(2) My understanding of the early modern history of the concept of ‘race’ and my limited knowledge of debates about the concept of ‘race’ in the philosophy of biology leads me to think that ‘race’ is primarily a pseudo-scientific concept that was invented in the early modern period and unfortunately migrated into political discourse.  (Justin Smith has been doing some interesting work recently on early modern theories of race. See here.) If I am right, and there is an ongoing debate here in the philosophy of biology, then ‘race’  has a status similar to ‘Phlogiston’ or ‘witch’. And in the future we might look back on ‘the philosophy of race’ in the way we might now look back on someone who worked on the ‘philosophy of witches’. So as someone who thinks that ‘race’ is probably a pseudo-scientific concept, the development of the philosophy of race as a sub-discipline gives legitimacy to what I suspect is a pseudo science.

Anyway, my gut feeling here is there that needs to be a sub-discipline within political philosophy that is concerned with the way in which various societies conceptualise and treat minorities – but this need to be understood in broader terms than in terms of the Philosophy of “race”. For some countries, much of the discussion would focus  on questions of race, but in other countries race is not central in the conceptualisation.  I wonder what other people think. My views here are not very firm. One reason to write a blog is to work out what one thinks about a particular issue.

A question for native Turkish speakers: With my limited understanding of Turkish I believe that the best translation of “race” into Turkish is “ırk”. Is this right? As far as I understand Turkish “ırk” is not understood in biological terms. Is this right? As far as I understand “race” in English this is a (pseudo-)biological concept.

Comments are welcome – but please be civil.

UPDATE: I think these two papers by Justin Smith (links from his blog on race) are very interesting:  “‘Curious kinks of the human mind’: Cognition, Natural History, and the Concept of Race” and  “The Pre-Adamite Controversy and the Problem of Racial Difference in 17thCentury Natural Philosophy.”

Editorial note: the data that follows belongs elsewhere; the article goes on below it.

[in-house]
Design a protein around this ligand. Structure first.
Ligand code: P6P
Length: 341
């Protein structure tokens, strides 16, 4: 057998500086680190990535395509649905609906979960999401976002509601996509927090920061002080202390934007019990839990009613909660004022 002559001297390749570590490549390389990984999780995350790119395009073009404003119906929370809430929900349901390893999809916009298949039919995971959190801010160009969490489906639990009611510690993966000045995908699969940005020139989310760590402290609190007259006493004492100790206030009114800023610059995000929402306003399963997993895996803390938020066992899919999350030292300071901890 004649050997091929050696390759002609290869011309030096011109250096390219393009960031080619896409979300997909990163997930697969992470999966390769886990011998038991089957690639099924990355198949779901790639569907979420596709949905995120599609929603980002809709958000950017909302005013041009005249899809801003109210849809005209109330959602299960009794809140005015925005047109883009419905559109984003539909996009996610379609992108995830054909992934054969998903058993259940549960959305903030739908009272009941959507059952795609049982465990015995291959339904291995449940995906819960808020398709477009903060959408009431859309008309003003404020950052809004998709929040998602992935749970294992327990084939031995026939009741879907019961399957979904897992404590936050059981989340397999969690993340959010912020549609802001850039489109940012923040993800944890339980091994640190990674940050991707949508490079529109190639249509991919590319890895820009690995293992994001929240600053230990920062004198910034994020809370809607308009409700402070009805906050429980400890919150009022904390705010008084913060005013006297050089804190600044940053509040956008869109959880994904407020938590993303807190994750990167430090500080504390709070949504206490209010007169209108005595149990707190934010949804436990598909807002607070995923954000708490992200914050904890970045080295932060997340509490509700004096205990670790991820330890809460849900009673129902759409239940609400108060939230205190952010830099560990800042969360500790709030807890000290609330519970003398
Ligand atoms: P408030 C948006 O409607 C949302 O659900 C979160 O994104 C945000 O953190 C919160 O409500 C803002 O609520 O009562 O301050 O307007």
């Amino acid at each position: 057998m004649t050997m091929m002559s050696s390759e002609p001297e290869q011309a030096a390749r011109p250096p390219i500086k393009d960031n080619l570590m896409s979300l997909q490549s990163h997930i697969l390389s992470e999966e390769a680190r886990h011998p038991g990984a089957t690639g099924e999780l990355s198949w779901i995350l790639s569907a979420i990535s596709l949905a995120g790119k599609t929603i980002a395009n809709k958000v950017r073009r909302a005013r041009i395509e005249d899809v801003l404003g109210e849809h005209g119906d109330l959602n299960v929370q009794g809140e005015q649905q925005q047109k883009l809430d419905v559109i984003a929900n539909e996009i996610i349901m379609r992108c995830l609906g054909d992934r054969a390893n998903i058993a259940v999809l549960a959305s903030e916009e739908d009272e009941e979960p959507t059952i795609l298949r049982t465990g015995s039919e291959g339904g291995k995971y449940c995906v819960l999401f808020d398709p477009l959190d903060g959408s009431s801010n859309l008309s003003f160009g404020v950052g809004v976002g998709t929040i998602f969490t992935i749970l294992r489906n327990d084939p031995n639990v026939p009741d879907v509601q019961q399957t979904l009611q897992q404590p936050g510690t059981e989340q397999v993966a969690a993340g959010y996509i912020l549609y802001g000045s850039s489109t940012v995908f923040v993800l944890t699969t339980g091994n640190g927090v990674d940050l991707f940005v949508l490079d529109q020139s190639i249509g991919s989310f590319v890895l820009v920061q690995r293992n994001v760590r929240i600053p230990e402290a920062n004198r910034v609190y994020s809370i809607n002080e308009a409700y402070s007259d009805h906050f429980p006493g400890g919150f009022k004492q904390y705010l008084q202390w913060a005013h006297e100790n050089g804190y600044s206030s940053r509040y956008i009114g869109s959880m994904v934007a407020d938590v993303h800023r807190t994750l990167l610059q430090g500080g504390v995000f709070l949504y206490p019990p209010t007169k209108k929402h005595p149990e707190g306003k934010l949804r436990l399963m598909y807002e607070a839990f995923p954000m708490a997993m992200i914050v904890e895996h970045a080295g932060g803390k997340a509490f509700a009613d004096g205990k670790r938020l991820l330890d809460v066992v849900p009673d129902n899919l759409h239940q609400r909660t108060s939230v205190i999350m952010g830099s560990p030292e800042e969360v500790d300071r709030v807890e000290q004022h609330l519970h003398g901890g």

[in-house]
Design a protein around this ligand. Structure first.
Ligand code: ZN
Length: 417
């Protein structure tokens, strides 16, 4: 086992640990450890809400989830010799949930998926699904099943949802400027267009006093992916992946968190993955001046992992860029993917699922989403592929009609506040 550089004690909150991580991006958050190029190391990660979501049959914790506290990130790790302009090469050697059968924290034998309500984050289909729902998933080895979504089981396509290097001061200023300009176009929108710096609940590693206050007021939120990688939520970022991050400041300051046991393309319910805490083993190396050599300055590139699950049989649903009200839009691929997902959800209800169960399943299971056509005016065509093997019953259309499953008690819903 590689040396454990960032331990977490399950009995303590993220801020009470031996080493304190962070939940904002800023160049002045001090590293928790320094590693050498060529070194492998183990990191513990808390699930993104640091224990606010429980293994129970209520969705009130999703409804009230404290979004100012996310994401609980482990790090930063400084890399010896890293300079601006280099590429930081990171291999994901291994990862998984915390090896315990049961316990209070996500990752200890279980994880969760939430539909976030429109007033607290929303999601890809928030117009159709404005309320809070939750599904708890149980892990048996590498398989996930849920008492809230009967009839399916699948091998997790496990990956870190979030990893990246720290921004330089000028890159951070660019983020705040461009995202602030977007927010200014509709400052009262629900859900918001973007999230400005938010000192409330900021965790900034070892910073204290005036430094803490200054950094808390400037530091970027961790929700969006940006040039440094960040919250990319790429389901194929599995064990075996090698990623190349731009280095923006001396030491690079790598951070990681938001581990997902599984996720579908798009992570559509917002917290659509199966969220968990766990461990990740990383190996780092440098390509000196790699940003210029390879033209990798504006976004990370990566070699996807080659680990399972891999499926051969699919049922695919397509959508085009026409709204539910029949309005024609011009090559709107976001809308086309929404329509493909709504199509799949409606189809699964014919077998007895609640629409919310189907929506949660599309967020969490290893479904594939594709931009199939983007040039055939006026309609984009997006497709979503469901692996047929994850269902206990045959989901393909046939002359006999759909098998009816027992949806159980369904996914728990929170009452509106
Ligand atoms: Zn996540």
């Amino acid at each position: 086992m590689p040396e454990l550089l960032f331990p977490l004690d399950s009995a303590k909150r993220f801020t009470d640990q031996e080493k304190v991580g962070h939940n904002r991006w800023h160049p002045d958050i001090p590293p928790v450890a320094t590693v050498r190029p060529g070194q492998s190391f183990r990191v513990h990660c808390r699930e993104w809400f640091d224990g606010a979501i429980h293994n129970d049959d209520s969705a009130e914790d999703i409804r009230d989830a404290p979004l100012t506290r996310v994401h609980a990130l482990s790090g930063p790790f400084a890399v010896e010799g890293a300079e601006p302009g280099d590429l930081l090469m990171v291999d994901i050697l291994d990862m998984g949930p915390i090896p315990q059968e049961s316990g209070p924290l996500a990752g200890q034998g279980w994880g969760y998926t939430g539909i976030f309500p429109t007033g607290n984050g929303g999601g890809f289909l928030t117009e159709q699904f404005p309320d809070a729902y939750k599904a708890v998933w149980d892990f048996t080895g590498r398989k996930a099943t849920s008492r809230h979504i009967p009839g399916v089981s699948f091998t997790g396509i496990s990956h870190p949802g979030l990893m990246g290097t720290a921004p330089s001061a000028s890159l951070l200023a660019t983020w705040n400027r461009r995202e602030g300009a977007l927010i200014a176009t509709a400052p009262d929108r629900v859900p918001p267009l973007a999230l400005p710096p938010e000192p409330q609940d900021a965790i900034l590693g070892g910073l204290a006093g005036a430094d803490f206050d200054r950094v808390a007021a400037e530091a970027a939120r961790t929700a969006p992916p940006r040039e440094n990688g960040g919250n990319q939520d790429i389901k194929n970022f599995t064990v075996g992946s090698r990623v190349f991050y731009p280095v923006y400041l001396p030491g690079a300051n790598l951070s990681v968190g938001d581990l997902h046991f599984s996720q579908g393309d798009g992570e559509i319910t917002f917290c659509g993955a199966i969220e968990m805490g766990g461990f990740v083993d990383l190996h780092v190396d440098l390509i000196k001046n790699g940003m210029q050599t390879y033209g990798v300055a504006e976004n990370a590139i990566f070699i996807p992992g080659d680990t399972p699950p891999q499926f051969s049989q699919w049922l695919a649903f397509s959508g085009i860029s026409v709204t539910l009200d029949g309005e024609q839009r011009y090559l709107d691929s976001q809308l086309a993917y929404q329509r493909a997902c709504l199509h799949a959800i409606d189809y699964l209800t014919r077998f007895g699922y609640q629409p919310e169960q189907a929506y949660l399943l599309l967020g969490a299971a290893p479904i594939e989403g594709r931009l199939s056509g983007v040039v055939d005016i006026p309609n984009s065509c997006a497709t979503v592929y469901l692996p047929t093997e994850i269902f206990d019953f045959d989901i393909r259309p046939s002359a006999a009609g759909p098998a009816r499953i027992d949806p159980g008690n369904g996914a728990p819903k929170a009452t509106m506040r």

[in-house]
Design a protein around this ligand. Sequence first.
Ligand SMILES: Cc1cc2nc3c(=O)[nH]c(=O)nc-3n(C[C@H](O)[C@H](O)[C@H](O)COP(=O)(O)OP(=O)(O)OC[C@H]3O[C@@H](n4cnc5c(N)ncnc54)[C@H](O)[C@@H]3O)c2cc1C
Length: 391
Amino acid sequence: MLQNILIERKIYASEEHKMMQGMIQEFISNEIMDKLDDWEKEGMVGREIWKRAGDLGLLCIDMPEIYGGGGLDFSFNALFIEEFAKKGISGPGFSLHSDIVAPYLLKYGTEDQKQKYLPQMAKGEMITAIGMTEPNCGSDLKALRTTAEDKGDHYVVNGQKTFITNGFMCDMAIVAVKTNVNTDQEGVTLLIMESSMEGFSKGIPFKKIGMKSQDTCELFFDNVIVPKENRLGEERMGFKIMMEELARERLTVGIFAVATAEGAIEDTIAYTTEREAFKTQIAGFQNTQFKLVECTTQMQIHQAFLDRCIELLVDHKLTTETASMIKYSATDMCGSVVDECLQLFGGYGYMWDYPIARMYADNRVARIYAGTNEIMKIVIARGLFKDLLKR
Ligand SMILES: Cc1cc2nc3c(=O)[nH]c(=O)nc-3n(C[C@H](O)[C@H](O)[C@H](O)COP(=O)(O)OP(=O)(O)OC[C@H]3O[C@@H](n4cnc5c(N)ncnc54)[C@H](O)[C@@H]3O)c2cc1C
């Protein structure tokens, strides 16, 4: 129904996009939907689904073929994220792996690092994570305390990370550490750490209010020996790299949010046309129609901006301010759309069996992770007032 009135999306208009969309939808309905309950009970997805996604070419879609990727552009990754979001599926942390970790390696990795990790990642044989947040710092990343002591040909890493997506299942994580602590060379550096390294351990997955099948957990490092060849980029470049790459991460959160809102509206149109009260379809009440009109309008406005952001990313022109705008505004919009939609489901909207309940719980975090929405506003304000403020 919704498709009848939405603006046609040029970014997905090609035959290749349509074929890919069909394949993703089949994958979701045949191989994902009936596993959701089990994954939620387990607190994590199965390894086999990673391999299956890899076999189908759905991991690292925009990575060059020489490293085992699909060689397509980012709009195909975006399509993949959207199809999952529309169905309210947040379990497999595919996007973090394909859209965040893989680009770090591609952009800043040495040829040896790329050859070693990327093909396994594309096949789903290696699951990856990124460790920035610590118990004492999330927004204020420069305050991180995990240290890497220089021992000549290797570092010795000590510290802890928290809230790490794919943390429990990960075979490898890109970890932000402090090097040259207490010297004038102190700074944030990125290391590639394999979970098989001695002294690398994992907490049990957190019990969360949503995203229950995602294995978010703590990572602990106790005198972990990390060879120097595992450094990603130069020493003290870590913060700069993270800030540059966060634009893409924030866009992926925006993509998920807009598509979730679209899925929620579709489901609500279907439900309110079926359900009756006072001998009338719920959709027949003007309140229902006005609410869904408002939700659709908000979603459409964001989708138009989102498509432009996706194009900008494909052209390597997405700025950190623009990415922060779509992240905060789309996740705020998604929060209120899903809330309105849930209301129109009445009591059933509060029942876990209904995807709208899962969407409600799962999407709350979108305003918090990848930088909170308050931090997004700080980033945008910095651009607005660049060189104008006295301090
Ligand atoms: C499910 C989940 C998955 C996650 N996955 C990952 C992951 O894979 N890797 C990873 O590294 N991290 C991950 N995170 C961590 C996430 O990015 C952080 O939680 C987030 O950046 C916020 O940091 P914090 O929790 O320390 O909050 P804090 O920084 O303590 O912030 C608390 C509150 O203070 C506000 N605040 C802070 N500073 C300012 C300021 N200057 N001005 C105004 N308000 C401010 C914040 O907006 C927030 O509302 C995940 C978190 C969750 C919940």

Written by Lucas Thorpe

March 15, 2012 at 10:17 pm

Posted in Uncategorized

20 Responses

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  1. Hi Lucas,

    I think and teach quite often about race and other categories of social identity (including gender, sexuality, ethnicity, ability, religion, age, class) so let me try to reply to your questions. I do appreciate your honesty about not knowing too much about these issues but nevertheless putting your thoughts and gut-feelings out there to get feedback from others. I hope that we can continue to discuss this further and I look forward to it.

    As far as the book review goes: regardless of its title, the book claims to have a focus on the United States after World War II – this is included in its self-description on Cambridge University Press website. So in that sense, the criticism is apt, and I agree that race and any theorization of race and racialization of political philosophy by African American authors such as W. E. B. DuBois, Franz Fanon, and I would add Charles Mills (whose work on race and political theory is unarguably the best that there is – I would highly recommend anything by him) must be in this book, and its omission is telling. Even if the book did not specify that it was about America, it is still important to incorporate philosophies of race since this concept has been used to justify colonialism/imperialism, occupation, revolution, genocide, ethnic conflicts, military inventions, etc. : all political stuff. The book seems incredibly Euro-centric in its understanding of political philosophy especially in terms of its focus, even though the historical reality is that these so-called universal ideas of freedom, equality, liberty etc. did not apply to non-whites or non-Europeans for a very long time due to a certain understanding of the hierarchical differences that existed between white and non-white races. Such exclusion of issues of race and texts by people of color is exactly the repetition of a certain history and understanding of why “race” does not matter, that it is not a philosophical issue, that it is a soft matter. (I am not saying that this is your argument or suspicion – this is a general attitude in political philosophy at the moment and the book seems to reiterate it).